Libero Badii (Arezzo, Italy, 1916-Buenos Aires, Argentina, 2001) primarily developed sculpture with symbolic meanings. In the1950s, his work was impacted formally by Pre-Columbian art after a trip through Latin America. He elaborated his concept of "the sinister," both as a form of knowledge and of feeling. He called his studio-workshop Almataller [SoulShop].
Ricardo Dagá (1931) was Líbero Badii's assistant from 1955 until the mid-1960s. His artwork—mainly made in marble and bronze—was exhibited in the 1960s at Witcomb and Rubbers galleries. Later, he developed an abstract imagery, based on hitting the material. Dagá received the Great Prize of Honor in the Salón Nacional, in 1983.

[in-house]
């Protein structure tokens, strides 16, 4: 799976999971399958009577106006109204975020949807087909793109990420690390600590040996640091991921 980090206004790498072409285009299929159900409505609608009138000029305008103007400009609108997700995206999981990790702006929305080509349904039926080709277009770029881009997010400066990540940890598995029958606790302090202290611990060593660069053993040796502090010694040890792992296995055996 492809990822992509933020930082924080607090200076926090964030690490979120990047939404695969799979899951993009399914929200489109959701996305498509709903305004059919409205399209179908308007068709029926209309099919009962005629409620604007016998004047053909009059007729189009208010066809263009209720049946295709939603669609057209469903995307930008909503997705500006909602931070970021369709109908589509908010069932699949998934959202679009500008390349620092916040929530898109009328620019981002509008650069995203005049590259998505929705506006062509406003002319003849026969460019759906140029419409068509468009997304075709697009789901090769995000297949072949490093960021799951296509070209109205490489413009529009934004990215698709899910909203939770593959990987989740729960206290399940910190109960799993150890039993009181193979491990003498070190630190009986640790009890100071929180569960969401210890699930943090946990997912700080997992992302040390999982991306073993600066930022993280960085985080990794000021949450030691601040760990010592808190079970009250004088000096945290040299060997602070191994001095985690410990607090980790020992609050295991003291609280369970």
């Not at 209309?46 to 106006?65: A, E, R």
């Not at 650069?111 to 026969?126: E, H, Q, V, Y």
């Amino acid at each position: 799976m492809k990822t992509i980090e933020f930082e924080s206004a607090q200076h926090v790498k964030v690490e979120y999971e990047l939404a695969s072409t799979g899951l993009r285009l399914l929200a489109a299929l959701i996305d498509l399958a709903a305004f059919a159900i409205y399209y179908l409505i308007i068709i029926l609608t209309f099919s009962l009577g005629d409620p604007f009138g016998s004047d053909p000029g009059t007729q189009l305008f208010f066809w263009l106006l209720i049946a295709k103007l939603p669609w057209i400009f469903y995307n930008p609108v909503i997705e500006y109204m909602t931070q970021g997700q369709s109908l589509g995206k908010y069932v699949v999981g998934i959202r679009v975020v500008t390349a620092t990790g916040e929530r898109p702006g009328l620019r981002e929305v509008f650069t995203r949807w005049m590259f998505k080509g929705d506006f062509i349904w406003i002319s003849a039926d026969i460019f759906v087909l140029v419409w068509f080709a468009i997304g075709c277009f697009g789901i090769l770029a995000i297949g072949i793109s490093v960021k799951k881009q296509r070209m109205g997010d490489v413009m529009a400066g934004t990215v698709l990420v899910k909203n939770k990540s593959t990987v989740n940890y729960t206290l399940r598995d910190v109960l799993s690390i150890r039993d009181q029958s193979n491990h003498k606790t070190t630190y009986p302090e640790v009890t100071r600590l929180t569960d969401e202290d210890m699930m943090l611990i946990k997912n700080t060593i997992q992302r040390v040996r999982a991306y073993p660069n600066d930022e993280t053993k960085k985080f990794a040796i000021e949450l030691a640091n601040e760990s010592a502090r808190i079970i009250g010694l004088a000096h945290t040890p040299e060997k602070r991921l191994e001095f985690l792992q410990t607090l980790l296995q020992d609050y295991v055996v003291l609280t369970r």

The 1960s Argentinean art is usually read through the very same pair of networks: first, the one shaped by the Center for the Visual Arts at Instituto Di Tella, and the other, the network of artists that come together in the growing politicization process. Nevertheless, it is interesting to think about the existence of another network created out to connect the specificity of an art language like sculpture. This last network goes through the aesthetic and the political as well as generational pigeonholing. This letter by sculptor Ricardo Dagá is an interesting document as it highlights the nexus built by Argentinean artists in Paris in the early-1960s, thus establishing among them unexpected connections despite their diverse artistic research. In addition to this, it shows the spread of Badii's aesthetic ideas throughout Latin America and, above all, his concept of "Sinister art."